Author: James Alexander

Publication: Timberlab


NYC Takes Bold Step to Embrace Mass Timber Construction

Timberlab is excited to be part of the New York Economic Development Commission's (EDC) mass timber initiative, marking a significant step forward for mass timber construction in New York City. The EDC's commitment to promoting mass timber in the NYC market aims to usher in a new era of sustainable and innovative building practices. As a newer market for mass timber construction and design, the initiative will help reshape NYC's urban landscape, making the city a model for this new building methodology. Timberlab is a national leader in the mass timber industry. Our expertise spans various sectors, including residential, commercial, and institutional projects. We leverage advanced engineering and construction techniques to create high-performance, sustainable buildings to better the planet and its people.

NYC's Slow Adoption of Mass Timber

Historically, New York City has been slow to embrace mass timber construction. With over a million buildings, 95% of which are below 85 feet, there is immense potential for mid-rise development. The perception of NYC as a city of towering skyscrapers often overshadows the opportunities for innovative, mid-rise structures. However, the city's commitment to reducing operational carbon and embracing sustainable construction typologies could shift this narrative. With only a few mass timber projects currently completed in the New York Tri-State area, we see immense potential for this application across market sectors. 

The EDC Initiative: A Catalyst for Change

The EDC's program includes seven diverse projects, ranging from residential buildings to recreation centers and offices. These projects are supported by partners like WoodWorks, the U.S. Forest Service (USFS), and the Softwood Lumber Board (SLB), ensuring robust backing and expert guidance. Timberlab is proud to be part of the Harlem project, collaborating with atelierjones and Sage and Coombe Architects on a seven-story residential building.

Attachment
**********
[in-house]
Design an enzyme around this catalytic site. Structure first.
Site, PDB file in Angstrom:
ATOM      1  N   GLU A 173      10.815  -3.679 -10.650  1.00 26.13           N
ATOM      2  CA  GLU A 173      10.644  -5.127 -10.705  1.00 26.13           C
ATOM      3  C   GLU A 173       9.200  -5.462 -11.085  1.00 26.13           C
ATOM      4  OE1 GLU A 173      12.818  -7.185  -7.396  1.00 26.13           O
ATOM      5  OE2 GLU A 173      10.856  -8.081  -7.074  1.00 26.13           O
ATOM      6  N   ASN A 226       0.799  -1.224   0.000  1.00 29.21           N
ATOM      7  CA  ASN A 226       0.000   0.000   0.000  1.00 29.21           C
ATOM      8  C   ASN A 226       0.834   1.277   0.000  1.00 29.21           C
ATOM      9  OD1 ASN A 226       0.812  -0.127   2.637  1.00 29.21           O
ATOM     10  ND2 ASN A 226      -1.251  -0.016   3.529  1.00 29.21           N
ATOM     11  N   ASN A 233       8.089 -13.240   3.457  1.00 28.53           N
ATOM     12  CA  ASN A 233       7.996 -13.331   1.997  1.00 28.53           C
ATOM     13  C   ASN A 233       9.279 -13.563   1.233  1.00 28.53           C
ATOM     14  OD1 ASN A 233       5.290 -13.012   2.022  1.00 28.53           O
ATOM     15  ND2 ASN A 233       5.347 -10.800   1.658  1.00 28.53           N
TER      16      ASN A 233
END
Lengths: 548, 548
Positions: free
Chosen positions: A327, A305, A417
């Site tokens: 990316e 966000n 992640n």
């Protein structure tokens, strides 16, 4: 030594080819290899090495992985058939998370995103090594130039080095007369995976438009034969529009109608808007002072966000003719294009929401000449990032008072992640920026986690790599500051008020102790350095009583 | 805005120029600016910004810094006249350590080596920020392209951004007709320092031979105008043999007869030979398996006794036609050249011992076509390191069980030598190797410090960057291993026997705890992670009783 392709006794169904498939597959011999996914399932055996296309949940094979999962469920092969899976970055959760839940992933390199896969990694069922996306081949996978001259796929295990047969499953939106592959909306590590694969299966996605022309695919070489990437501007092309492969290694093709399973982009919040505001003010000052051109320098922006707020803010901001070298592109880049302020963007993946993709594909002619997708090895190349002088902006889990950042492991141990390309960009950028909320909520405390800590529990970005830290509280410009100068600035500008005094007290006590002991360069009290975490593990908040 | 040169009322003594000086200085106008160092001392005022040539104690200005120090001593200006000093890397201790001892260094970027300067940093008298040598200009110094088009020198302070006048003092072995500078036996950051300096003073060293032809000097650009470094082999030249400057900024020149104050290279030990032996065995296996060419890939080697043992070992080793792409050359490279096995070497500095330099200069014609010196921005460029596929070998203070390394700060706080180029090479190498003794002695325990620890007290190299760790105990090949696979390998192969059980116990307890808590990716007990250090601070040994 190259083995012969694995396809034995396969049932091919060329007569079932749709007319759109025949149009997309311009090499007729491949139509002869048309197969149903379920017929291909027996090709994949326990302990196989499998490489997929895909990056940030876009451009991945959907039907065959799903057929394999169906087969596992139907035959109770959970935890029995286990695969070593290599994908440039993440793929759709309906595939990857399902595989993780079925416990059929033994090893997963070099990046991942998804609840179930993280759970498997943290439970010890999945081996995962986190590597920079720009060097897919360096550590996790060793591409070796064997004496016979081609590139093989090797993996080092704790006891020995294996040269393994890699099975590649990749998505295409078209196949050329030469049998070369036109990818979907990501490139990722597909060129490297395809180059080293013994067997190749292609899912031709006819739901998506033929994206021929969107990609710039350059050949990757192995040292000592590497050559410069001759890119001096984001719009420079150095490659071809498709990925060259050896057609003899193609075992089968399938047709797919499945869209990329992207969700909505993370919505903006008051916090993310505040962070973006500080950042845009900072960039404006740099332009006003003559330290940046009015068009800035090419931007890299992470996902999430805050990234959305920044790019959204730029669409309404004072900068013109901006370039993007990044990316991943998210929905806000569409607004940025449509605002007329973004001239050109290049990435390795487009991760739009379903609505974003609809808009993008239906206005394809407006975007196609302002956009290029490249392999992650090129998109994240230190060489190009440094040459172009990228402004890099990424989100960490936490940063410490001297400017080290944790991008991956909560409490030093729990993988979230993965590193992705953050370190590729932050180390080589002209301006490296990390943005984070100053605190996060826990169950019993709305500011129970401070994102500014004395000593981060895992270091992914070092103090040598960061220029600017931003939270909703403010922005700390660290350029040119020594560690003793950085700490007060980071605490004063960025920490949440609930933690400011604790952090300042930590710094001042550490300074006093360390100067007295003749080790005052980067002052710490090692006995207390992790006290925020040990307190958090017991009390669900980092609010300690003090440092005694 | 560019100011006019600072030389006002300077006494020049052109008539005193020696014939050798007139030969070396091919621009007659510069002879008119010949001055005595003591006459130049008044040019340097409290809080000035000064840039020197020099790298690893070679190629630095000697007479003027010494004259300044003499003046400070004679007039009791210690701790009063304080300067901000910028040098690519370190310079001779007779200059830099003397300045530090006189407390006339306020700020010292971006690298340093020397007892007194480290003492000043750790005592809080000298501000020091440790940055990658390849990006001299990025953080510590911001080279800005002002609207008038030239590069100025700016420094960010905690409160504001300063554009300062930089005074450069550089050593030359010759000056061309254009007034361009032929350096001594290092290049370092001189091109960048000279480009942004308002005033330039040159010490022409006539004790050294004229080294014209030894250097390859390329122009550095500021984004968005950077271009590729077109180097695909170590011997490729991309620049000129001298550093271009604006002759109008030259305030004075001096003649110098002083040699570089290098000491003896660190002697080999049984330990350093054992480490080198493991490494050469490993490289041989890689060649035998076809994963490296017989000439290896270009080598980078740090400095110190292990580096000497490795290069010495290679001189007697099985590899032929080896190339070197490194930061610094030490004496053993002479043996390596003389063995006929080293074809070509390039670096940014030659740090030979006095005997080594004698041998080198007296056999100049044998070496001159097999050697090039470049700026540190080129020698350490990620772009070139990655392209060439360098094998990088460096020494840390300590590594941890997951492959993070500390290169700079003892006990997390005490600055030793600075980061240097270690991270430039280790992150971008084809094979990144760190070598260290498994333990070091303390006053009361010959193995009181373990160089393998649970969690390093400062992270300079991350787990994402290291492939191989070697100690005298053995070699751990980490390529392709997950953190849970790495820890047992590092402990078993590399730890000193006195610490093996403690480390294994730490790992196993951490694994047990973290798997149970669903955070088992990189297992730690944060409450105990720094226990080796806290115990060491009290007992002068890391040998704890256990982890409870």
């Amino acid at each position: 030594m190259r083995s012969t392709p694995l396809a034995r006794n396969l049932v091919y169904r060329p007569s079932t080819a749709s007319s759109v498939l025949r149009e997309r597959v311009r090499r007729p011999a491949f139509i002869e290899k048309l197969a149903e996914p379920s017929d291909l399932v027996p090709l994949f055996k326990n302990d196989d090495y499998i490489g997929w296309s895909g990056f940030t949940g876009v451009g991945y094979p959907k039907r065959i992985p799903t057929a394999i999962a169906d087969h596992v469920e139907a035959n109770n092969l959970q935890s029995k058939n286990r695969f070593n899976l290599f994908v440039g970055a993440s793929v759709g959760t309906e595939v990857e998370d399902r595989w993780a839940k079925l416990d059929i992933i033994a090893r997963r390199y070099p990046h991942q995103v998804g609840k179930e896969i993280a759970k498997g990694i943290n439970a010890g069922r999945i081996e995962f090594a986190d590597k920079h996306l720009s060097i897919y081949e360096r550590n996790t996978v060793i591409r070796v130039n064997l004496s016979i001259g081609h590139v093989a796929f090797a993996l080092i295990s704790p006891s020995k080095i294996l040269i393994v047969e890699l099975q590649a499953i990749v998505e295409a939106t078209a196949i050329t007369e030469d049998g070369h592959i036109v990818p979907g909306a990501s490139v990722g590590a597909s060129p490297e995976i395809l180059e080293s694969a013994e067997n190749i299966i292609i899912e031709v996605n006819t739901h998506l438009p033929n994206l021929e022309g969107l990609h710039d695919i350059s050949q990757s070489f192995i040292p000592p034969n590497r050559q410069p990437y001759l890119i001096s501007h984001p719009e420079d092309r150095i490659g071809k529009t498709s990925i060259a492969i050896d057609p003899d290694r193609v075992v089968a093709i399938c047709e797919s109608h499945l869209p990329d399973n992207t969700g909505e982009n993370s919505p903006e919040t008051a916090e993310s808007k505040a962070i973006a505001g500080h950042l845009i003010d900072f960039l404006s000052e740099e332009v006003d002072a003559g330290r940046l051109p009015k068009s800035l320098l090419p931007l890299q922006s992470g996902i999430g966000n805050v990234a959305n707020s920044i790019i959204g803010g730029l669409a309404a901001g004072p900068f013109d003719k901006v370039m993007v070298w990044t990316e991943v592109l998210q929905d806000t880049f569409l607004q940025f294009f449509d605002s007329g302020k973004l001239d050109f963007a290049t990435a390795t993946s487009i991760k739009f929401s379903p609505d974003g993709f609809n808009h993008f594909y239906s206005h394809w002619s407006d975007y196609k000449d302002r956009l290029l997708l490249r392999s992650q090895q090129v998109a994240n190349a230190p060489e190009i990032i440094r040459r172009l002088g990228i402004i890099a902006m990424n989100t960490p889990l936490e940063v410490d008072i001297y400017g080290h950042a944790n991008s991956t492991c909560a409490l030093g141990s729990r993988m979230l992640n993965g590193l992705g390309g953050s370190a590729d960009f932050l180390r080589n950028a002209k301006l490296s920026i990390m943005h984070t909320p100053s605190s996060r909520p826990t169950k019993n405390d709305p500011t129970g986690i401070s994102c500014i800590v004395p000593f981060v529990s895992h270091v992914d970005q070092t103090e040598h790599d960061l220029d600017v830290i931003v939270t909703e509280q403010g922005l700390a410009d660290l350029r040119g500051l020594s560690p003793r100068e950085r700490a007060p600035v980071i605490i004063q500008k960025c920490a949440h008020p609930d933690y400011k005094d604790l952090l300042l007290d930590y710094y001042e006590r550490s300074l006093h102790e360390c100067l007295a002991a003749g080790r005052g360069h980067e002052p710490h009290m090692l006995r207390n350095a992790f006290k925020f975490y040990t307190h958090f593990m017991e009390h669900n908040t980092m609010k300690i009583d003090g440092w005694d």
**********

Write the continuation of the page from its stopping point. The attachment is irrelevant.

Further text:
Harlem Project Highlights

  • Design Transformation: Originally designed as a concrete building, the Harlem project is being redesigned as a mass timber structure. This shift involves adapting to traditional Type IV-C building codes from 2015/2018, as the newer Type IV-C codes have not yet been adopted.
  • Fire Safety: All fire-rated connections must be concealed, and exterior walls and exit shafts must be non-combustible, using materials like CMU or concrete.
  • Sustainability and Efficiency: Mass timber construction offers benefits such as quieter sites, faster builds, and cleaner construction processes. These advantages are particularly significant in NYC's tight urban areas, which have poor soil conditions and limited lay-down space.

Overcoming Limitations

One of the biggest challenges in NYC is the lack of familiarity with mass timber construction. Political will and support from the city and mayor's office are crucial for driving adoption. The EDC's initiative aims to streamline the permitting process and increase comfort levels among building bureaus and local markets, fostering a more receptive environment for mass timber projects.

Benefits for NYC

Mass timber construction offers numerous benefits for New York City:

  • Quiet and Clean Sites: Mass timber sites are quieter and cleaner, contributing to a better urban living environment.
  • Speed and Efficiency: Faster construction times and seamless prefabrication processes make mass timber ideal for NYC's dense and busy landscape.
  • Lightweight Solutions: Mass timber's lighter weight makes it suitable for areas with poor soil conditions and for lightweight overbuilds.
  • Storage and Logistics: With limited space for material storage, mass timber allows for just-in-time delivery, reducing the need for large lay-down areas.

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